Arlington (United States) (AFP) – Every morning before leaving his house to go to his high school, Jackson Danzing, 17, makes sure to have in his bag his books, his homework, his lunch… and an antidote to resuscitate a victim of overdose.
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Narcan is increasingly finding its way into the daily lives of adolescents in the United States, a country ravaged by an opioid crisis, including fentanyl, a drug up to 50 times more powerful than heroin.
“Everyone has a friend or acquaintance who has dabbled with drugs. Imagine a scenario where you find one of your friends potentially overdosing and you don’t know what to do,” says Jackson, who set up training with her friend Marin Peale on the use of Narcan for 350 of their high school friends.
Here, in Arlington, near the capital Washington, where Jackson goes to school, the use of this nasal spray is not a fictional scenario: the police intervened for seven overdoses last year in public schools. One student even died.
Among adolescents, overdose deaths jumped 94% from 2019 to 2020, according to the CDC, which attributes this phenomenon in particular to the greater “availability of illegally produced synthetic fentanyl”.
However, growing access to naloxone, the generic name for Narcan, can also be controversial: some parents, Arlington students report, believe that this molecule trivializes, or even justifies, the use of hard drugs.
Across the country, local authorities have adopted different policies regarding opioids.
In Portland, a progressive city in Oregon (west), the choice was made to reduce penalties for drug consumption, to the point where open-air markets for illicit products began to sprout, leading to an increase in overdoses…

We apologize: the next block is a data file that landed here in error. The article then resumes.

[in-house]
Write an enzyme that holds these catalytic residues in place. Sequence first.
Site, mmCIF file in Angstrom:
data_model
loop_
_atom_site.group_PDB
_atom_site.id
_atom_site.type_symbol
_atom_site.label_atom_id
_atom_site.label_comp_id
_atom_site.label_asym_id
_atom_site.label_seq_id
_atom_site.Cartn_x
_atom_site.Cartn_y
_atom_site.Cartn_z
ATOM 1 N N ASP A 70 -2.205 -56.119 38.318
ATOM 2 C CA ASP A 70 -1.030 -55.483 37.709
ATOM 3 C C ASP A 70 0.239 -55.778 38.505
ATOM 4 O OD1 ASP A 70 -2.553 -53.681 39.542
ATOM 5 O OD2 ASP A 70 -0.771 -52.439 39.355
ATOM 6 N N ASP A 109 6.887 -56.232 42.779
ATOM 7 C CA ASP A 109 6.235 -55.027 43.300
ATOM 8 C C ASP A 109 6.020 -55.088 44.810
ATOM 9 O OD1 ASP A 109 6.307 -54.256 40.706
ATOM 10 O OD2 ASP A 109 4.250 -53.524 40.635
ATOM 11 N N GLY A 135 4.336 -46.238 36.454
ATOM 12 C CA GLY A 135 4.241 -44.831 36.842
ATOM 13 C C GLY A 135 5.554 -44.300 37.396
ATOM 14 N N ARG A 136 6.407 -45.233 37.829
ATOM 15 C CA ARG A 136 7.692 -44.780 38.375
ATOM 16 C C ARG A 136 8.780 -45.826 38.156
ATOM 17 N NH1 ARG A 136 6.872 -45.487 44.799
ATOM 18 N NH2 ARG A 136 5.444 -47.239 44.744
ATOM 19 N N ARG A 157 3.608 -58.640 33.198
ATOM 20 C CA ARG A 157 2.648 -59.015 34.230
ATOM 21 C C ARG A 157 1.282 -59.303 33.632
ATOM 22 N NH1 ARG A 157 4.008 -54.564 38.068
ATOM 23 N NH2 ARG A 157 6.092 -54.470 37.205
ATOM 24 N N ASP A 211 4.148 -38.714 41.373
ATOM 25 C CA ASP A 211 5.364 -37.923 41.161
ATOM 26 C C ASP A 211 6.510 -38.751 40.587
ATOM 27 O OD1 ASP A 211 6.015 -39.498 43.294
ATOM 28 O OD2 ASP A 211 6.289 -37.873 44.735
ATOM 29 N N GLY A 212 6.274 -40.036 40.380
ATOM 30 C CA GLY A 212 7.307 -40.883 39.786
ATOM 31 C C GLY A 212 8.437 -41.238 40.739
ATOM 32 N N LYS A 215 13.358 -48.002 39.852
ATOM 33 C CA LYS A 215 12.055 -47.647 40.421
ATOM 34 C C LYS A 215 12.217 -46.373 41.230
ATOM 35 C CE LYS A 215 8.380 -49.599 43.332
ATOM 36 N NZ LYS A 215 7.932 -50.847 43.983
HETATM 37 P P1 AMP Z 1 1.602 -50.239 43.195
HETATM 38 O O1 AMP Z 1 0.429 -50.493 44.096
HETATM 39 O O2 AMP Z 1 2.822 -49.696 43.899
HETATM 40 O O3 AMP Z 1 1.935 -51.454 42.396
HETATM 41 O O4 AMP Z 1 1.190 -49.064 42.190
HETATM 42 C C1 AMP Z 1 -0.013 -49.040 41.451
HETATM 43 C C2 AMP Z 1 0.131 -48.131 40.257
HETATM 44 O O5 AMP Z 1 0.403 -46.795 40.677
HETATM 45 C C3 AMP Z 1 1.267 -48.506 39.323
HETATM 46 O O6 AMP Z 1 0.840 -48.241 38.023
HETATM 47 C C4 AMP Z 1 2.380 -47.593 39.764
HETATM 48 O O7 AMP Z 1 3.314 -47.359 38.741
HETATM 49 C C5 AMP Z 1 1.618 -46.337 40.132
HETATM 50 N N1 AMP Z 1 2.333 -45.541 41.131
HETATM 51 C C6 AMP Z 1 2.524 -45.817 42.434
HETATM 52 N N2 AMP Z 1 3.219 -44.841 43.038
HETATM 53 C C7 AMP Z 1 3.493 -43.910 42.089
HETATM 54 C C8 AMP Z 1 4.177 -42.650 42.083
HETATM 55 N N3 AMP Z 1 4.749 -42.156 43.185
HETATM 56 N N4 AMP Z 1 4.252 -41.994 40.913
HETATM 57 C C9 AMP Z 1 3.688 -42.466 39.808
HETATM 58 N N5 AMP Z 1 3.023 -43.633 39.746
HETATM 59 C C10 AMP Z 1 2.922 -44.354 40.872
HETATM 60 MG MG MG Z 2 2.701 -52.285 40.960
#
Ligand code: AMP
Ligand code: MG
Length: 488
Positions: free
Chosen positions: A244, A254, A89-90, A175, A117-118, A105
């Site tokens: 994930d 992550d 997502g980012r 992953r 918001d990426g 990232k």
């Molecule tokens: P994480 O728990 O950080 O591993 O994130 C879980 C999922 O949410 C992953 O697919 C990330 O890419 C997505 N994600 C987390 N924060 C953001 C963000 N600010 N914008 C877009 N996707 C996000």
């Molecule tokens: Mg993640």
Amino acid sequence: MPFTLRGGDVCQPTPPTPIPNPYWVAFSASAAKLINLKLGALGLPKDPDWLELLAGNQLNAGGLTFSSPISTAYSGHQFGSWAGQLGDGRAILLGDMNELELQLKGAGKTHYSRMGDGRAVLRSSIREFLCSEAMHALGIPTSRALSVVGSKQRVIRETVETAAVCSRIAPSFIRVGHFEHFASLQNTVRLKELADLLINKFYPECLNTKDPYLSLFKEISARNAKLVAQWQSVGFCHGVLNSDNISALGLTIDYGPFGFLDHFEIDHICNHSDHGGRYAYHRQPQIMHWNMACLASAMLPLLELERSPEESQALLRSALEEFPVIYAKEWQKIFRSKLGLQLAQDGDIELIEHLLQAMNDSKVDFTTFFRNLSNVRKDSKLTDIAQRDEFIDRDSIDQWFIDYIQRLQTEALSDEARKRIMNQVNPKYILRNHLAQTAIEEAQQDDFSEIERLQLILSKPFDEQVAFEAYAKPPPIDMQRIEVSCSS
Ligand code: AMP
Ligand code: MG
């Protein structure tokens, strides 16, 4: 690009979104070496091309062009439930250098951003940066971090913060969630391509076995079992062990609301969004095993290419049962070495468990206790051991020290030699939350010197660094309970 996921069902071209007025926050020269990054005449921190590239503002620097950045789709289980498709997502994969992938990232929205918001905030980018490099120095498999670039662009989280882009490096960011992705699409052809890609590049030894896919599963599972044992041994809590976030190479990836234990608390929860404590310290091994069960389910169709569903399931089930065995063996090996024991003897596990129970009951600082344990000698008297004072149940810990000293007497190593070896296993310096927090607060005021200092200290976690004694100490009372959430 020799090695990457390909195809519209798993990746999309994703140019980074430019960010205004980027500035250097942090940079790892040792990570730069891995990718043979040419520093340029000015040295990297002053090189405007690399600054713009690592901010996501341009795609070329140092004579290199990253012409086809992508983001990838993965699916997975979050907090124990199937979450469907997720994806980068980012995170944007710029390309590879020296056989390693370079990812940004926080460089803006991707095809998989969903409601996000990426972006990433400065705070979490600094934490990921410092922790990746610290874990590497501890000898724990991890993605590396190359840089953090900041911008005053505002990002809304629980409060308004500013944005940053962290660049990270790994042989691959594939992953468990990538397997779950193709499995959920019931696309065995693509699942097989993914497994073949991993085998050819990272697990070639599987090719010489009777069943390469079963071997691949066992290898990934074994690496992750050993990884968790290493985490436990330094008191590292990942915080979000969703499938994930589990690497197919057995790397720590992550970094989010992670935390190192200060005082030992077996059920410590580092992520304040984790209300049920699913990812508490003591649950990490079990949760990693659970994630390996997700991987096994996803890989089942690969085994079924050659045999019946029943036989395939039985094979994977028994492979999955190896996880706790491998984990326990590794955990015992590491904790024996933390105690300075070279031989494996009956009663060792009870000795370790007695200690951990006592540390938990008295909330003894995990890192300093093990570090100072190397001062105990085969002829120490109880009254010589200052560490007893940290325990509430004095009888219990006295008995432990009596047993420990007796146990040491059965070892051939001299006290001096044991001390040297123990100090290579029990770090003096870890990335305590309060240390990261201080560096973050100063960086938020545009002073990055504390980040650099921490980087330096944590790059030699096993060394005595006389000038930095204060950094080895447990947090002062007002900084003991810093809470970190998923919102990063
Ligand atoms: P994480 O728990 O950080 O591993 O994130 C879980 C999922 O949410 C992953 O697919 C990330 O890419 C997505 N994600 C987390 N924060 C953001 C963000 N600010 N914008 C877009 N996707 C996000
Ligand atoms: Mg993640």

States have taken the opposite path by toughening anti-drug laws. After three overdoses, two of which were fatal, among high school students earlier this year in Tennessee (south), the sole survivor was charged with the murder of his two classmates.
But in general, “I see, in political trends, support for naloxone (…) and I believe that this is a victory in terms of public health”, maintains Keith Humphreys, researcher at Stanford University.
In Arlington, as throughout Virginia, drug prohibition remains in effect.
And students who bring naloxone to high school must first have received training on its use and obtained parental approval, says Darrell Sampson, director of student services for the city’s public schools.
“In schools, we’ve always had to deal with drugs. But none of these substances were so cheap to produce, so lethal even in small doses, and so addictive as opioids and fentanyl,” he says. to the AFP.
For Keith Humphreys, increasing access to Narcan is only part of the solution to the severity of the crisis.
According to him, the authorities must devote more public funds to the mental health of young people to help them manage their emotions and build healthier relationships.
As for naloxone, it can be used in the event of an overdose but cannot help curb addiction problems.
“It would be a mistake to think that by reducing the number of deaths from overdoses we would have made great progress. It is an extremely modest ambition,” he told AFP.
Jackson Danzig and Marin Peale started carrying naloxone around last year, before their school officially allowed them to do so to keep them out of trouble.
A year later, Narcan is part of their daily life. “No matter the classroom, there must be a box and for my part I always have some with me. That way I am always ready,” summarizes Marin.
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